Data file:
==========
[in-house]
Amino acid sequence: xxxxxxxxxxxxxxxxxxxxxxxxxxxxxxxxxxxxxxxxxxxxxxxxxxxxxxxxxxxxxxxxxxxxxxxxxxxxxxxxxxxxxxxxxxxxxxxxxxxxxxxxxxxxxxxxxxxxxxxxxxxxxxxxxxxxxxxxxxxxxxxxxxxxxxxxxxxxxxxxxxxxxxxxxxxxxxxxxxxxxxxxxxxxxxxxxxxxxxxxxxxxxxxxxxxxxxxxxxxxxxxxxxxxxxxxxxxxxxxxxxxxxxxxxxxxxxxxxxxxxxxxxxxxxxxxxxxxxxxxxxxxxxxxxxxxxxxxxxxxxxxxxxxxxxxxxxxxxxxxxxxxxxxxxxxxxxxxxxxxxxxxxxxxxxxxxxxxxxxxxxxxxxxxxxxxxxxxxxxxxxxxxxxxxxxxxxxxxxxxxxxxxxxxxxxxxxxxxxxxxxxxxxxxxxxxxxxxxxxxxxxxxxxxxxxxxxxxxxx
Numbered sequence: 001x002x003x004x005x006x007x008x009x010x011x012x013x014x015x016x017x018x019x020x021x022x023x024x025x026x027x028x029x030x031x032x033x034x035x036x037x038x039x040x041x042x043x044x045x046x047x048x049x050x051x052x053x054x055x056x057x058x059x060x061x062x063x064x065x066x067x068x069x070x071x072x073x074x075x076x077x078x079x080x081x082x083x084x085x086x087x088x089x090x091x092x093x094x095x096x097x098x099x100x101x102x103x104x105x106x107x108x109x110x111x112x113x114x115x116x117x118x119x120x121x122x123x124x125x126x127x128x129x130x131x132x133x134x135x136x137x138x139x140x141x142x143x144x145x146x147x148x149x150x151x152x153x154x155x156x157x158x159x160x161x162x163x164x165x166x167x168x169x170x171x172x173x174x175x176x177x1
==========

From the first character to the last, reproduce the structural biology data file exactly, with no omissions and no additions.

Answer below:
[in-house]
Amino acid sequence: xxxxxxxxxxxxxxxxxxxxxxxxxxxxxxxxxxxxxxxxxxxxxxxxxxxxxxxxxxxxxxxxxxxxxxxxxxxxxxxxxxxxxxxxxxxxxxxxxxxxxxxxxxxxxxxxxxxxxxxxxxxxxxxxxxxxxxxxxxxxxxxxxxxxxxxxxxxxxxxxxxxxxxxxxxxxxxxxxxxxxxxxxxxxxxxxxxxxxxxxxxxxxxxxxxxxxxxxxxxxxxxxxxxxxxxxxxxxxxxxxxxxxxxxxxxxxxxxxxxxxxxxxxxxxxxxxxxxxxxxxxxxxxxxxxxxxxxxxxxxxxxxxxxxxxxxxxxxxxxxxxxxxxxxxxxxxxxxxxxxxxxxxxxxxxxxxxxxxxxxxxxxxxxxxxxxxxxxxxxxxxxxxxxxxxxxxxxxxxxxxxxxxxxxxxxxxxxxxxxxxxxxxxxxxxxxxxxxxxxxxxxxxxxxxxxxxxxxxxx
Numbered sequence: 001x002x003x004x005x006x007x008x009x010x011x012x013x014x015x016x017x018x019x020x021x022x023x024x025x026x027x028x029x030x031x032x033x034x035x036x037x038x039x040x041x042x043x044x045x046x047x048x049x050x051x052x053x054x055x056x057x058x059x060x061x062x063x064x065x066x067x068x069x070x071x072x073x074x075x076x077x078x079x080x081x082x083x084x085x086x087x088x089x090x091x092x093x094x095x096x097x098x099x100x101x102x103x104x105x106x107x108x109x110x111x112x113x114x115x116x117x118x119x120x121x122x123x124x125x126x127x128x129x130x131x132x133x134x135x136x137x138x139x140x141x142x143x144x145x146x147x148x149x150x151x152x153x154x155x156x157x158x159x160x161x162x163x164x165x166x167x168x169x170x171x172x173x174x175x176x177x1